What is General Education?
Montclair State University’s General Education program consists of a collection of courses that all undergraduate students are required to take – in addition to coursework in their major. Most students at MSU have the same broad requirements, which can be fulfilled by a wide variety of courses.
Gen Ed is organized into several categories, and every student is required to take one course in each required category. The required categories vary, depending upon which degree you are seeking.
Why am I required to take it?
The Gen Ed Program is intended to prepare you with the habits and capabilities to be a lifelong learner; to become an information literate, knowledgeable, active and discerning citizen; and develop into a culturally aware and self-reflective critical thinker who functions locally as well as in the nation and the global community.
The Program aims to do this by exposing you to a wide range of academic disciplines and perspectives that broaden your base of knowledge, challenge you to acquire key skills and perspectives, and give you opportunities to cultivate these universally-valuable virtues in multiple contexts.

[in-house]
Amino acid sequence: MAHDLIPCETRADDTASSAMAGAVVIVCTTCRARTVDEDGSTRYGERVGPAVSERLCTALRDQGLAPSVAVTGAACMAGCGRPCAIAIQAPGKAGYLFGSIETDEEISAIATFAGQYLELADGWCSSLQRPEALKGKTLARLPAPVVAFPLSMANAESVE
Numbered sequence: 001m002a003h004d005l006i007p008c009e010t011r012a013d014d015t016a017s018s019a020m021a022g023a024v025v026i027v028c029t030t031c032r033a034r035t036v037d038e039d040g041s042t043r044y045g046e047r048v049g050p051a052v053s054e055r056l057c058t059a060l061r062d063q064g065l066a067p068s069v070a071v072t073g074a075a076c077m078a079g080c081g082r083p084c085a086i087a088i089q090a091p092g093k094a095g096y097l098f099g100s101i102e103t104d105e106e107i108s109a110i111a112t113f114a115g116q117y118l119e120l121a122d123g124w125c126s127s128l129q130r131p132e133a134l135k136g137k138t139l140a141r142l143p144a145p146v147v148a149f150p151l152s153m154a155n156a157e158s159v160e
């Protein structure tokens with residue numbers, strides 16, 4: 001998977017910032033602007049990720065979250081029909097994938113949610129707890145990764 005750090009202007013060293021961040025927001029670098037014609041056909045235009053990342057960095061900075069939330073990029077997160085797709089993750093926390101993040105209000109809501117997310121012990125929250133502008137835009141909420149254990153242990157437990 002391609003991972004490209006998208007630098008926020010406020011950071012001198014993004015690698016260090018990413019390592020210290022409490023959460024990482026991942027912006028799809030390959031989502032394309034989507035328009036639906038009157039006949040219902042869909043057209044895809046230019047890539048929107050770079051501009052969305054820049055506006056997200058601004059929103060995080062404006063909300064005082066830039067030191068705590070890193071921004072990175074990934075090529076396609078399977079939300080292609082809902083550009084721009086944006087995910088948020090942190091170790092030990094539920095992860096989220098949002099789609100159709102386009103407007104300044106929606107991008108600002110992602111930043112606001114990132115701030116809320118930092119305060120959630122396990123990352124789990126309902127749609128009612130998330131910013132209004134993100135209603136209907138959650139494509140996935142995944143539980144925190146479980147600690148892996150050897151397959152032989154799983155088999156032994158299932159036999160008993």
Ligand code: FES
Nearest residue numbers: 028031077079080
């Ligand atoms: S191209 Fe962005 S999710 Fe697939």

The Program complements and supplements your major; while the focused study of a specific discipline is an important and valuable part of an undergraduate degree, students need a broader base of skills and knowledge to benefit from their major, and to succeed after graduation.
The goals of General Education are valuable in the workplace: surveys show employers place great importance on the skills and breadth of a liberal-arts education, often valuing them more than content knowledge in a major relevant to their careers. These goals are valuable beyond the workplace, both to you and to our society: higher education includes and extends beyond preparation for the workplace, and a vibrant democracy requires involved and informed citizens to function well.
Upon completing your Gen Ed requirements, you should not only be able to understand the important issues of the day but also be capable of reflecting upon and developing your own value system that is responsive to yourself and your community.